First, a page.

Most companies provide breakfast when the meeting starts early. These days, most folks know to have healthy choices that feed into the energy and creativity of the team:
- Fresh fruit
- Low or non-fat yogurt
- Scrambled or hard cooked eggs
- Whole wheat or multi-grain mini bagels
- Small bran, oatmeal, banana, pumpkin or multi-grain muffins
- Whole grain toast or english muffins
- Low fat granola
- 100% fruit or vegetable juices
- Water — plain, sparkling or flavored with no added sugar
- Coffee, tea (decaf options as well) – served with nonfat or 2% milk
So it was a surprise when Joe and I were working with a client and all we saw were “sticky buns” for breakfast. You know, the kind of gooey, doughy pastry that will put the entire room into a diabetic coma? Yeah, that kind.
During the debrief at the end of the day, the VP asked about the sticky buns and why there weren’t more healthy choices.
The meeting planner looked shocked and said, “But that’s what you asked for. You said you wanted sticky buns!”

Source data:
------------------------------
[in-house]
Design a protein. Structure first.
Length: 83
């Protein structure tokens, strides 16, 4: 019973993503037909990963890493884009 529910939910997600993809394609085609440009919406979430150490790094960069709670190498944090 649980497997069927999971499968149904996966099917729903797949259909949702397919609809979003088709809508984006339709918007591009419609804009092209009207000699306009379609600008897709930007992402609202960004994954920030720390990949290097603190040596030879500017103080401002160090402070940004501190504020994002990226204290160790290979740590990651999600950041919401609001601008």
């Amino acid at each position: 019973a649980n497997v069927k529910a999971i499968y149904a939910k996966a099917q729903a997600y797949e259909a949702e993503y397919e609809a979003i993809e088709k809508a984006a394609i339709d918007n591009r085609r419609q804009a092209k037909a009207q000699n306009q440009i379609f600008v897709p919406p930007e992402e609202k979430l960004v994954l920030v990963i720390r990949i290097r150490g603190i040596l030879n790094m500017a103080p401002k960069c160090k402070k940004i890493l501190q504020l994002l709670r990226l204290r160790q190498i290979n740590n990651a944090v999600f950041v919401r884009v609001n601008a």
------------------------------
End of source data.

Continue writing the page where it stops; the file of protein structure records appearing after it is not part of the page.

“Sticky buns and all the other stuff we have for breakfast!” he countered.
And this happens all the time. Leaders can speak in shorthand. They are moving so fast, and expect the people around them to be able to understand them. Good news is that the more you hang around them, the more you understand the shorthand.
For this VP, “sticky buns” was the same as “breakfast items.” And the meeting planner took him literally. All we had were sticky buns, even though the organization typically had healthy choices.
So how do you combat the sticky bun effect? When the leader (in fact anyone on the team) makes a quick statement – that ‘s a cue that you might be facing a shorthand statement. Trust your gut here. You’ll know when something sounds “off” or just isn’t complete. Then ask a probing question. “Sticky buns….and what else?” Then confirm your understanding. “Yep, we’ll have some donuts and healthy choices as well.”
Sometimes, you have to slow down in order to catch up.